It would be reasonable to ponder then whether the CA that is seen is occurring primarily at the sensor micro-lens level. Interesting to note that in developing the HD CMOS Pro sensor, Canon not only increased the pixel size (technically 'depth') but increased the curvature of the sensor micro-lenses to increase their light collecting capability.

Canon : Canon Technology | The Minds Behind the Magic

Whether this presented any greater or lesser challenges for CA control at the sensor level, I guess only Canon would know.

What these tests emphasized to me however is just how light sensitive this camcorder is. When performing the original set of CA chart tests in Program AE mode, I had assumed that would likely have been operating at fully open aperture, as would be the case on my old HV30 under these conditions - and any dimmer than that, I'd be reaching for my on-camera video light to keep it out of gain.

Not so on the HFG10. Although (unless I'm missing something) it is not possible to know the shutter speed set by the camcorder in Aperture Priority AE mode (as one can on the HV30 by half-pressing the Photo button), I was able to reduce the aperture down to F5.2 ND 1/8 under these ambient light conditions before the exposure warning symbol started blinking. And then in Manual Exposure mode I was only able to bring the exposure down to an usable level (as judged visually and with the Zebra markers) at fully open aperture (F1.8) by increasing the shutter speed to 1/500 sec (at +12db max gain) and around 1/100 -1/250 sec at zero gain. And conversely, with the shutter speed set at 1/60, aperture could be reduced to F4.0 (ND 1/2), at +12db, and F3.2, at zero gain and still achieve adequate image exposure under these conditions.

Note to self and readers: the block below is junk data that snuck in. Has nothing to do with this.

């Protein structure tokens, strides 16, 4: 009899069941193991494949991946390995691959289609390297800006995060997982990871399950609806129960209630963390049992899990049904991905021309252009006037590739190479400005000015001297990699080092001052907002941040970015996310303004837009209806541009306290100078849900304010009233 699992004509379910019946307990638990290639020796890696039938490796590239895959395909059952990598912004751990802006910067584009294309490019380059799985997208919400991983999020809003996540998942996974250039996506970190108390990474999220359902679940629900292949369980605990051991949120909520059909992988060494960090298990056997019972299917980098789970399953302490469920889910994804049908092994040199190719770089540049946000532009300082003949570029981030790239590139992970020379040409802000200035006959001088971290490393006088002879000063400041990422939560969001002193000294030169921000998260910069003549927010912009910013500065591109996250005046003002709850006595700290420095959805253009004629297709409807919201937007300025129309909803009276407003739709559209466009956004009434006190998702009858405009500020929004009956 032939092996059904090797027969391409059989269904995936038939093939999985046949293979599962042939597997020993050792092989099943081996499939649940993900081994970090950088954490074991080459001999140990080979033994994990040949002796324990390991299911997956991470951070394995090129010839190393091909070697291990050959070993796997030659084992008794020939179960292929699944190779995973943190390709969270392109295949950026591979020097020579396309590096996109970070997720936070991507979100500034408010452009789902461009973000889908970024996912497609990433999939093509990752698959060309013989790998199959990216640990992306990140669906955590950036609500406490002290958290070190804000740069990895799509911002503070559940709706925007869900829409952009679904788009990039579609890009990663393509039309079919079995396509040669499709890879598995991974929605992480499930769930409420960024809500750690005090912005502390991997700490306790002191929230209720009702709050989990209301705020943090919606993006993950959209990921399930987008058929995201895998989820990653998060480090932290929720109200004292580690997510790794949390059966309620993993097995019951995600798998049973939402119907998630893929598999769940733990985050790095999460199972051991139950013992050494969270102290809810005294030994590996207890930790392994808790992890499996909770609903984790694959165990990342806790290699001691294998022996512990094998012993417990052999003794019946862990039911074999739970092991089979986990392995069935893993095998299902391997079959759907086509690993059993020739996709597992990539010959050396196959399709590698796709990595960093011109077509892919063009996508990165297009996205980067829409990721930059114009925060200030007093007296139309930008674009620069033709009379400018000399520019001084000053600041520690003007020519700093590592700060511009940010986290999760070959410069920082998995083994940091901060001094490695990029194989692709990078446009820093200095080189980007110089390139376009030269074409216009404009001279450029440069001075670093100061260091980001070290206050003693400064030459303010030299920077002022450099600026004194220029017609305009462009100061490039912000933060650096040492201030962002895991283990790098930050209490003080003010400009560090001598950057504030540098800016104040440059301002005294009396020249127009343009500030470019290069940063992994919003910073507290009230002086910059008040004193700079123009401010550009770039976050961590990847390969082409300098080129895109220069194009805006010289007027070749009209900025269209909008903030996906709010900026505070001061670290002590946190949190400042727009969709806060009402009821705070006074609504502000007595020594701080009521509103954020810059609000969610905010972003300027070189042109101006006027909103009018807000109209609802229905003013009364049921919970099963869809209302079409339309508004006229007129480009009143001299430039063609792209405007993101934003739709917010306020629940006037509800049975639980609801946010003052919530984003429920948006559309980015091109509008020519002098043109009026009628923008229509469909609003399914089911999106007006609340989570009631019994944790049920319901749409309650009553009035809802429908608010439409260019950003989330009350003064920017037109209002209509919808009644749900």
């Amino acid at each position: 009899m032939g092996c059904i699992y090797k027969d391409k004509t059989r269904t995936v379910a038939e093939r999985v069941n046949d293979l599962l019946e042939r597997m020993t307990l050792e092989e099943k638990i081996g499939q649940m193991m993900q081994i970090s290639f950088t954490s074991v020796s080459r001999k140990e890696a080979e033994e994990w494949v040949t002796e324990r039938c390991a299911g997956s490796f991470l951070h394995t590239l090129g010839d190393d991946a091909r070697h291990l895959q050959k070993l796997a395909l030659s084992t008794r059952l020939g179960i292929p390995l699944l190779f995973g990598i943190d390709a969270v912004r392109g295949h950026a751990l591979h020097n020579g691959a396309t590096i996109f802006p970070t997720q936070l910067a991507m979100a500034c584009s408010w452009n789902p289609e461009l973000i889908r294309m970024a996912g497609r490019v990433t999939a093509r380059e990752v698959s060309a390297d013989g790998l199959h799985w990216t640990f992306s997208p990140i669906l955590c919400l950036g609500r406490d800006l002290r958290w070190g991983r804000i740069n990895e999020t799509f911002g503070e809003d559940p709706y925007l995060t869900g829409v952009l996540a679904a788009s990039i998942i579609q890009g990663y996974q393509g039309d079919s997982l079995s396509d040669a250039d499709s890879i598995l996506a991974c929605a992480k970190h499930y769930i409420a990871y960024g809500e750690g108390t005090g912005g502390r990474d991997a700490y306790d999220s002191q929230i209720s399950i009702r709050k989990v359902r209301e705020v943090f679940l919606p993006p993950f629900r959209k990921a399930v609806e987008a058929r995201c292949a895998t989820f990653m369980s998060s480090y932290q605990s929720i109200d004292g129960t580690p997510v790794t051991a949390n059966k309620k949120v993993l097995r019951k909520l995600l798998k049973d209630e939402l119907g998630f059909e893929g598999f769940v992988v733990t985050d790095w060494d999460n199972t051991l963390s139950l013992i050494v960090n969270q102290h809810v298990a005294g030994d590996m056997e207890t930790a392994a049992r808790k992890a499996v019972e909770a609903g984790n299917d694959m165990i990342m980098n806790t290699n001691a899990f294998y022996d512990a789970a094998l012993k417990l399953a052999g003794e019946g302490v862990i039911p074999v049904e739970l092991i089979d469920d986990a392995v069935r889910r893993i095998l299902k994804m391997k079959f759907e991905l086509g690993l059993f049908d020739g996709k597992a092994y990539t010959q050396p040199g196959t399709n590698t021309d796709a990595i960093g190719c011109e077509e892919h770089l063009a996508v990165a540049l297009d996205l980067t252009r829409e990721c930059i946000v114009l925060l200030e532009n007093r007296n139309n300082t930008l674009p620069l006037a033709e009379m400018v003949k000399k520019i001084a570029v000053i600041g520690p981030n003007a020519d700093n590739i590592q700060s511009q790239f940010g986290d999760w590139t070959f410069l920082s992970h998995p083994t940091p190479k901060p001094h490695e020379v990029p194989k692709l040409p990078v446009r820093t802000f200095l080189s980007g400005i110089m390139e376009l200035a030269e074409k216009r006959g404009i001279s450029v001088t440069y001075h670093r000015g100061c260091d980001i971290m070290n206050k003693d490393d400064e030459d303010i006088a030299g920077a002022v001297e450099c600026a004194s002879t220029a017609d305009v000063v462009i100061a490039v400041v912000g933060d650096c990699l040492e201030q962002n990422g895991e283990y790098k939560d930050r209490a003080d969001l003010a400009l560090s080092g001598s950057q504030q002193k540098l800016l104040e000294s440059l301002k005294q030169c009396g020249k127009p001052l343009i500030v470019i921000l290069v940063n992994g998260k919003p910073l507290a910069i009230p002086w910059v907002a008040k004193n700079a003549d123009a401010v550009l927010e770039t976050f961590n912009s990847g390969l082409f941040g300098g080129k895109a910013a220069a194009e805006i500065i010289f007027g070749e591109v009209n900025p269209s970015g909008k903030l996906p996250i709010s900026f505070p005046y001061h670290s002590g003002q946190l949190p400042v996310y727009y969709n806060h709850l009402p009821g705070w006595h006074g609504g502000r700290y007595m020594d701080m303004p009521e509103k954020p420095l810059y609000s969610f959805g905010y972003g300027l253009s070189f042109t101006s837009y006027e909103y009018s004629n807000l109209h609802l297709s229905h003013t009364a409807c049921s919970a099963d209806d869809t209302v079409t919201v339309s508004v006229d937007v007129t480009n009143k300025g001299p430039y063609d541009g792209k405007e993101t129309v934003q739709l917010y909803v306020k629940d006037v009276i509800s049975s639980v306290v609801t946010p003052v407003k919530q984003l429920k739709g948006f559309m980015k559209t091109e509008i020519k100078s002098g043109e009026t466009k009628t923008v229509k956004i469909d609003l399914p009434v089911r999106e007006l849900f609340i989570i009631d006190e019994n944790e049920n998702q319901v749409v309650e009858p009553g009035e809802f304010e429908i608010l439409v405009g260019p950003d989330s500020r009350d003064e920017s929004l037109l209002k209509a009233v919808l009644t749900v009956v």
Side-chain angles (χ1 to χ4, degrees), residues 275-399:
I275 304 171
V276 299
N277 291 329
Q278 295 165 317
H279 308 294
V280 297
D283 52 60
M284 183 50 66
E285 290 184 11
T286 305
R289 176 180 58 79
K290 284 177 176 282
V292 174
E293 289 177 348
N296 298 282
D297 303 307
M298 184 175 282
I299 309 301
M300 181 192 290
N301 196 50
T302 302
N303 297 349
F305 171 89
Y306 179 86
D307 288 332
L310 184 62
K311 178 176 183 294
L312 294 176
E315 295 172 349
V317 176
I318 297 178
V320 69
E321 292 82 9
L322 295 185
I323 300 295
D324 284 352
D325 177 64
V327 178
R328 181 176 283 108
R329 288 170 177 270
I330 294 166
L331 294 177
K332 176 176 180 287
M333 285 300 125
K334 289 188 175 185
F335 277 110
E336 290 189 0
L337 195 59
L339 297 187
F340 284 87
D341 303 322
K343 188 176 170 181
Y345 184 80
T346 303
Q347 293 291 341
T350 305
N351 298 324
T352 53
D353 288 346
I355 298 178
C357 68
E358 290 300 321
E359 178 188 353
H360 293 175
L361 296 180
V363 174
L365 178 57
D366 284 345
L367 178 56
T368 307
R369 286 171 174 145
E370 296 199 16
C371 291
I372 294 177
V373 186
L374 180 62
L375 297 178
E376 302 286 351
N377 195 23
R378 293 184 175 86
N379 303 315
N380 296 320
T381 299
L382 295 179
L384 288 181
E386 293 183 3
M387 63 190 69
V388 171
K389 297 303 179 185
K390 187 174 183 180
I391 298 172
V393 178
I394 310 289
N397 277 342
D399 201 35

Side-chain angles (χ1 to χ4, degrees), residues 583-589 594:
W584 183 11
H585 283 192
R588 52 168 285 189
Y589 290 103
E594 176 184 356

Not that I'm complaining about that...at all.